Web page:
Year: 2015
Production Co: Greenmachine Film
Director: Frank Hall Green
Writer: Frank Hall Green
Cast: Ella Purnell, Bruce Greenwood, Brian Geraghty

A sullen teenager (is there any other kind?) Mackenzie (Ella Purnell), is sent by her in-recovery mother to live in smalltown Alaska with her dead father's younger brother (Brian Geraghty) for a few months.

Moping around buried in her hoodie jacket and not smiling or talking to anyone, Mackenzie is the archetype of a rebellious teenage girl. Purnell plays the part so well if you've ever had a kid like her in your own family you'll want someone to slap her.

Her uncle is undaunted in his attempts to make friends with her and gradually melts the permafrost Mackenzie locks herself in, but just when the girl starts to imagine she might have a good time in this remote hellhole, her Uncle betrays the worst possible trust. At the first opportunity she literally runs, with no idea where to go and no money to do it with when she gets there.

To get out of the rain, Mackenzie eventually finds her way to an unlocked motel room and hides under the bed of its occupant, widower and recreational hiker Rene (Bruce Greenwood). When he discovers her Mackenzie screams and runs out of the room.

But in tiny Juneau, Alaska, it's never hard to come across the same people over and over again, and Rene finds the teen runaway hovering around him everywhere from the hotel bar to the bus out to Denali National Park where he intends to take the walk he and his wife – who died the year before – were going to take together.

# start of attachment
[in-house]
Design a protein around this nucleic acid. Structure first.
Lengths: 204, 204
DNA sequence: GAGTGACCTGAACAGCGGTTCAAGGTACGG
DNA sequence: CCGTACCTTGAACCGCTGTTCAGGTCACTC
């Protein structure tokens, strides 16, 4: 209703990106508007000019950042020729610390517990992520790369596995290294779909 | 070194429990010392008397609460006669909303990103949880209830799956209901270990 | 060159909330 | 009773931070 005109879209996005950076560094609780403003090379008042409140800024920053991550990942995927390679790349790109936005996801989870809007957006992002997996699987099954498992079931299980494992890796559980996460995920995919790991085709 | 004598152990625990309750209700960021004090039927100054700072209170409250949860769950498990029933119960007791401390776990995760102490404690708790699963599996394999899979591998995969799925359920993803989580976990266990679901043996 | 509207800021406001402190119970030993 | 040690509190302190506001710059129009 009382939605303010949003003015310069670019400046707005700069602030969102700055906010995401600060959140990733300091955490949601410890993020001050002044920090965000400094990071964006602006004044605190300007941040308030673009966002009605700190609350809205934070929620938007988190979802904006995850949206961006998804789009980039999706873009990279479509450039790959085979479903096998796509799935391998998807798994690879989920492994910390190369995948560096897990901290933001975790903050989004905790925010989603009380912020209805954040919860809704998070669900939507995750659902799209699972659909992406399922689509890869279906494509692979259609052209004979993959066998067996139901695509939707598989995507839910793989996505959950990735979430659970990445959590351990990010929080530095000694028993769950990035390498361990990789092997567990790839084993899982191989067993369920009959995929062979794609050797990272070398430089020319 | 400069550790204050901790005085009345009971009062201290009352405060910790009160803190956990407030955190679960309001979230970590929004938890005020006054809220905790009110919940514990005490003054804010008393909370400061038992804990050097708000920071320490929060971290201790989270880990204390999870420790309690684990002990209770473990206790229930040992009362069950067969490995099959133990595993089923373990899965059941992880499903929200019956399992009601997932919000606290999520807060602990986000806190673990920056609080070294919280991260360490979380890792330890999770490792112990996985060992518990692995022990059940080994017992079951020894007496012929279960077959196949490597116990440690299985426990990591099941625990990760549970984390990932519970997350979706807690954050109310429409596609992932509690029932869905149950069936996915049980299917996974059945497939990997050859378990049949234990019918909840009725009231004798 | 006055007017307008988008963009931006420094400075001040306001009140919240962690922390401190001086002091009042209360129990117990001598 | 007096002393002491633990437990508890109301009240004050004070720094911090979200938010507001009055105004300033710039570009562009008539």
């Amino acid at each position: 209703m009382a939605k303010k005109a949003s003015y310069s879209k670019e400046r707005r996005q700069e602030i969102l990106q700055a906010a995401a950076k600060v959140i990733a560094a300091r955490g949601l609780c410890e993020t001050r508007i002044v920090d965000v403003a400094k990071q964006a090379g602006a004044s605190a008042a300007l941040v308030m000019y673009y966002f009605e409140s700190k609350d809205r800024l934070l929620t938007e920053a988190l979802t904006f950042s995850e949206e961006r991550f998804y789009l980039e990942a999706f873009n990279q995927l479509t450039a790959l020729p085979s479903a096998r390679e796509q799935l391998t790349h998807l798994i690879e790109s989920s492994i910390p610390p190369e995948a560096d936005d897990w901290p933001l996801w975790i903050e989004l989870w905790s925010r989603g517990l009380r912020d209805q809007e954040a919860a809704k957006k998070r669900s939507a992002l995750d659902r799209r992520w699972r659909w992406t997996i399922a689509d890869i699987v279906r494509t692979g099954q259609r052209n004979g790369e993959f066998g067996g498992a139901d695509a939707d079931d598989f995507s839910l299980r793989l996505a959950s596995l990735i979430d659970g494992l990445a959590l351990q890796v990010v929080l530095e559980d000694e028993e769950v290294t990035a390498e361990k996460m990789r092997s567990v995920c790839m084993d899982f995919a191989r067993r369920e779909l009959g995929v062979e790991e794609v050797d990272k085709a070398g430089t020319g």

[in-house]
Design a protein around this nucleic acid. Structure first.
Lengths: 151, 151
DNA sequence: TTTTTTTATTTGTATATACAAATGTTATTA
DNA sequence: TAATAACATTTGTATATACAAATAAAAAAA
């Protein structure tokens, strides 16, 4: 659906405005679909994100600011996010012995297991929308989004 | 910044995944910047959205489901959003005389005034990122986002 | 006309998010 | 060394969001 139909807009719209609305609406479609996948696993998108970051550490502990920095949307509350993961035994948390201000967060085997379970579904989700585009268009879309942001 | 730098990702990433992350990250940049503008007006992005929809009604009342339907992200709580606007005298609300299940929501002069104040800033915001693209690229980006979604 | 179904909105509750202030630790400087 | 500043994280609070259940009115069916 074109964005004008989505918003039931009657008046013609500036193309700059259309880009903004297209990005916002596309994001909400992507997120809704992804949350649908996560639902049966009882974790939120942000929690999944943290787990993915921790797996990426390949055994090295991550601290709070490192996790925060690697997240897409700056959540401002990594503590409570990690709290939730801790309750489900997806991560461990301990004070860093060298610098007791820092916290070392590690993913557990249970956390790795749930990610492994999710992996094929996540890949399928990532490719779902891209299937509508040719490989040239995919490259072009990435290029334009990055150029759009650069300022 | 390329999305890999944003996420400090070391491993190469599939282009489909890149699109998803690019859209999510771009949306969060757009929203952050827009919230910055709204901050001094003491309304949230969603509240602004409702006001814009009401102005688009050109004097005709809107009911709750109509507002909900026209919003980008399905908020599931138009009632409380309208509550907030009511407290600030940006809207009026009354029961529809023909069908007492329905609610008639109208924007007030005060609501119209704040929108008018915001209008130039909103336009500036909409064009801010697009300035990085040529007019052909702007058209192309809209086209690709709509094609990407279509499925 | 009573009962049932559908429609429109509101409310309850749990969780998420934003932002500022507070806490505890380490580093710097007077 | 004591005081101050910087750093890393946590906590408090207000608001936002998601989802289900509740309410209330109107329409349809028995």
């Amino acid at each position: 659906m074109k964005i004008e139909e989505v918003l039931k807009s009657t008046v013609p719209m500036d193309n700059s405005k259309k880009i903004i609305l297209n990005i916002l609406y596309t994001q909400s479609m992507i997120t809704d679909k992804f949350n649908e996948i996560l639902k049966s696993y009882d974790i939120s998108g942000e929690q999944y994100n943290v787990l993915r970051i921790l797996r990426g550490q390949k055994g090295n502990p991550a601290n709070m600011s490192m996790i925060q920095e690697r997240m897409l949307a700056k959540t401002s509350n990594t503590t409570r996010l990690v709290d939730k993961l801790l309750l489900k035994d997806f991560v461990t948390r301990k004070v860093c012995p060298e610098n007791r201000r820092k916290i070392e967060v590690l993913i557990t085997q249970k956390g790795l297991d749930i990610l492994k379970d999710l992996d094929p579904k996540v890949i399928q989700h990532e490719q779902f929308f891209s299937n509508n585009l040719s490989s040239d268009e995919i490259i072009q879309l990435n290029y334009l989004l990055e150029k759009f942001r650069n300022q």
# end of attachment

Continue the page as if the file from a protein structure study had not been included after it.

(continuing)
He does his best to shake her off, but with no other option, Mackenzie might finally be betraying her essential state of childhood by thinking instinctively that an adult will know what to do. She keeps following the fiftysomething Rene to the extent that he has no choice but to take her on as his hiking and camping partner.

All the while, the camera of director Frank Hall Green pans slowly across gorgeous wild landscapes that seem to be a metaphor for the feelings and loss that have overtaken both the characters' lives.

For some Wildlike will be too slow moving, and it's not as engaging as the other wilderness-as-healing story, Reese Witherspoon's Wild. There are too many scenes that seem to take too long to propel what could have been much more storytelling economy, like an extended stopover with some pilot/tourists, but Green and his DP Hillary Spera wield a dreamy, languid quality that suits the locations perfectly.

Luckily the performances go a long way to making up for any sagging in the plot. Greenwood has an easy realism that's elevated roles in fantastical movies like the Star Trek franchise and Super 8 above their genre conventions, but Purnell is the real standout. Now 18, she shone brightly as the younger version of Ruth, the part Keira Knightley played in mark Romanek's brilliant Never Let Me Go.

She was less successful surrounded by special effects as the young version of Angelina Jolie's Maleficent, but given a stage and a decent script like Wildlike, she has the makings of a major talent.

It's an unlikely friendship story with a travelogue sense of visual style and while the results are mixed, it takes some great actors and gives them a wide canvas to perform on, both narratively and geographically.

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